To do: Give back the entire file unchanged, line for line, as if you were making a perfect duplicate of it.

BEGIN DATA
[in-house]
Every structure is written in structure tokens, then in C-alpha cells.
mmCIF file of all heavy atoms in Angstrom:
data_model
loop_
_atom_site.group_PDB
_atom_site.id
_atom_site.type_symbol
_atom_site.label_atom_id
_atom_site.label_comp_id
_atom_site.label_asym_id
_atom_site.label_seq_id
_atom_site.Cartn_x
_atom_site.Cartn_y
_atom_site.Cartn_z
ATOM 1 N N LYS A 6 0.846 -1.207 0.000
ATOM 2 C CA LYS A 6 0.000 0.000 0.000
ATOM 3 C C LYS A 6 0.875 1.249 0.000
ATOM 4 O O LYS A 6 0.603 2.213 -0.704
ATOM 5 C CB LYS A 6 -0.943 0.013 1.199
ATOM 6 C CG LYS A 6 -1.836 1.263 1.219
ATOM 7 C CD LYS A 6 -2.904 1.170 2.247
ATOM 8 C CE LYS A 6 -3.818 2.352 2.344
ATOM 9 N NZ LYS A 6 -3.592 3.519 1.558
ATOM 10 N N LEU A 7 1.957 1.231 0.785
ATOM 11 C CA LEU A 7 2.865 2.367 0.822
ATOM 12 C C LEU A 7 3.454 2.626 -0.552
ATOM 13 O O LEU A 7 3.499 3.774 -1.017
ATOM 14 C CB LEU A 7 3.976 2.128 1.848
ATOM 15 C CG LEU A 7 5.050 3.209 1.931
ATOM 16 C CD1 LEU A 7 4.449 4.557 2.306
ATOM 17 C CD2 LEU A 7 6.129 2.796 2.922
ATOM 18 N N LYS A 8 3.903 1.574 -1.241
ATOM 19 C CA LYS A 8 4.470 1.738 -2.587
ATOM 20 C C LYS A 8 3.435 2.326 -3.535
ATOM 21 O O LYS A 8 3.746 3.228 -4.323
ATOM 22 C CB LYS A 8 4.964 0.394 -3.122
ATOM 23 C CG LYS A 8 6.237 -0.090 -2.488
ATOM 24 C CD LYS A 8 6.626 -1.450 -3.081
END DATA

[in-house]
Every structure is written in structure tokens, then in C-alpha cells.
mmCIF file of all heavy atoms in Angstrom:
data_model
loop_
_atom_site.group_PDB
_atom_site.id
_atom_site.type_symbol
_atom_site.label_atom_id
_atom_site.label_comp_id
_atom_site.label_asym_id
_atom_site.label_seq_id
_atom_site.Cartn_x
_atom_site.Cartn_y
_atom_site.Cartn_z
ATOM 1 N N LYS A 6 0.846 -1.207 0.000
ATOM 2 C CA LYS A 6 0.000 0.000 0.000
ATOM 3 C C LYS A 6 0.875 1.249 0.000
ATOM 4 O O LYS A 6 0.603 2.213 -0.704
ATOM 5 C CB LYS A 6 -0.943 0.013 1.199
ATOM 6 C CG LYS A 6 -1.836 1.263 1.219
ATOM 7 C CD LYS A 6 -2.904 1.170 2.247
ATOM 8 C CE LYS A 6 -3.818 2.352 2.344
ATOM 9 N NZ LYS A 6 -3.592 3.519 1.558
ATOM 10 N N LEU A 7 1.957 1.231 0.785
ATOM 11 C CA LEU A 7 2.865 2.367 0.822
ATOM 12 C C LEU A 7 3.454 2.626 -0.552
ATOM 13 O O LEU A 7 3.499 3.774 -1.017
ATOM 14 C CB LEU A 7 3.976 2.128 1.848
ATOM 15 C CG LEU A 7 5.050 3.209 1.931
ATOM 16 C CD1 LEU A 7 4.449 4.557 2.306
ATOM 17 C CD2 LEU A 7 6.129 2.796 2.922
ATOM 18 N N LYS A 8 3.903 1.574 -1.241
ATOM 19 C CA LYS A 8 4.470 1.738 -2.587
ATOM 20 C C LYS A 8 3.435 2.326 -3.535
ATOM 21 O O LYS A 8 3.746 3.228 -4.323
ATOM 22 C CB LYS A 8 4.964 0.394 -3.122
ATOM 23 C CG LYS A 8 6.237 -0.090 -2.488
ATOM 24 C CD LYS A 8 6.626 -1.450 -3.081